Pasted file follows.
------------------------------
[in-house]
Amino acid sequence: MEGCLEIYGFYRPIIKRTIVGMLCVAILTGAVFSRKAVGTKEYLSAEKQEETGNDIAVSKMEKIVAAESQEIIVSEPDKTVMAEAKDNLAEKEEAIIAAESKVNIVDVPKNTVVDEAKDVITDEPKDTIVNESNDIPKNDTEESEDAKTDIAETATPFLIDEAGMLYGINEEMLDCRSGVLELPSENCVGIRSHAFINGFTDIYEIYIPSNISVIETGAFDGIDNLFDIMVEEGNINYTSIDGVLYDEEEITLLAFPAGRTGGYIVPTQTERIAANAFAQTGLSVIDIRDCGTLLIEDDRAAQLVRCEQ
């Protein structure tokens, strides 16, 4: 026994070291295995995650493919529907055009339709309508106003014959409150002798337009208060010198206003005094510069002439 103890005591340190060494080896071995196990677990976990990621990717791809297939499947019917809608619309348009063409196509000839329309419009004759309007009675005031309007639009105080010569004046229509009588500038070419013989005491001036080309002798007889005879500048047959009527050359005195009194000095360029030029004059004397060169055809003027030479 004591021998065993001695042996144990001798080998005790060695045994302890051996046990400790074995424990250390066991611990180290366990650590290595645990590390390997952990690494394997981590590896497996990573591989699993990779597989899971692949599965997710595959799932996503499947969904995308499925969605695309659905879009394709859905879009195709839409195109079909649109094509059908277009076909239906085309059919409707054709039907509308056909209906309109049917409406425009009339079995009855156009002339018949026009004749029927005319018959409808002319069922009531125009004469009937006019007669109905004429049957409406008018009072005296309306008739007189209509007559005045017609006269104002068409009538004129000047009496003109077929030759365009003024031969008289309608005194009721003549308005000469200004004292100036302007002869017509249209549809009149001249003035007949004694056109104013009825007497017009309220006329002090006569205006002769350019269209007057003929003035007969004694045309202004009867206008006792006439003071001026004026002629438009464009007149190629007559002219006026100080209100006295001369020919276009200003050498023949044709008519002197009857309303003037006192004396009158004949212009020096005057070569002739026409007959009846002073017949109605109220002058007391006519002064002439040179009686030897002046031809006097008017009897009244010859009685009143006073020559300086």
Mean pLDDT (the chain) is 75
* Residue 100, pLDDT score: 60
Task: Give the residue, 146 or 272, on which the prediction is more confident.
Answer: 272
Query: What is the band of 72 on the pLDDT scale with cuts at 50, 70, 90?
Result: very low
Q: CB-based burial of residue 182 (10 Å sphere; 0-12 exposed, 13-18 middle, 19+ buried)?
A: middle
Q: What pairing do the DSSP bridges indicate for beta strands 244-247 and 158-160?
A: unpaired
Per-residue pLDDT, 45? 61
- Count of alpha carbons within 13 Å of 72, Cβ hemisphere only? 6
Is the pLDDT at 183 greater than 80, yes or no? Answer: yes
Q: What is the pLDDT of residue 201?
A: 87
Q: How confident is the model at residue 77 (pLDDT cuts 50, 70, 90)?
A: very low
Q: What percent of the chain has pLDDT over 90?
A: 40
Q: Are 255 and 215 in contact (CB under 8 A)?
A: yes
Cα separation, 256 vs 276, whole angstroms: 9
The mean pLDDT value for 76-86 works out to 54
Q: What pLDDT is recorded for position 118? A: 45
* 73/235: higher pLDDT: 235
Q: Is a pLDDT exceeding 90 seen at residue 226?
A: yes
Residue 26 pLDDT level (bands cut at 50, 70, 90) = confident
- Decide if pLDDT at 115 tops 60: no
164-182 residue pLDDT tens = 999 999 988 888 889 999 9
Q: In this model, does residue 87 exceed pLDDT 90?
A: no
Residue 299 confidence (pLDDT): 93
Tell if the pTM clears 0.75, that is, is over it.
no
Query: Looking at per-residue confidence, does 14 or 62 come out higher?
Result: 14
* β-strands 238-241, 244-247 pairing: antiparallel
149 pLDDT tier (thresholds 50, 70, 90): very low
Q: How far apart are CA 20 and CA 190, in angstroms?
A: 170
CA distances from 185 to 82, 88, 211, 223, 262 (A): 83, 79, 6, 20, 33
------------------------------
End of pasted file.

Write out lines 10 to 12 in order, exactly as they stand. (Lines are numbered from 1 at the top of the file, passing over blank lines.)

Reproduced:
Q: CB-based burial of residue 182 (10 Å sphere; 0-12 exposed, 13-18 middle, 19+ buried)?
A: middle
Q: What pairing do the DSSP bridges indicate for beta strands 244-247 and 158-160?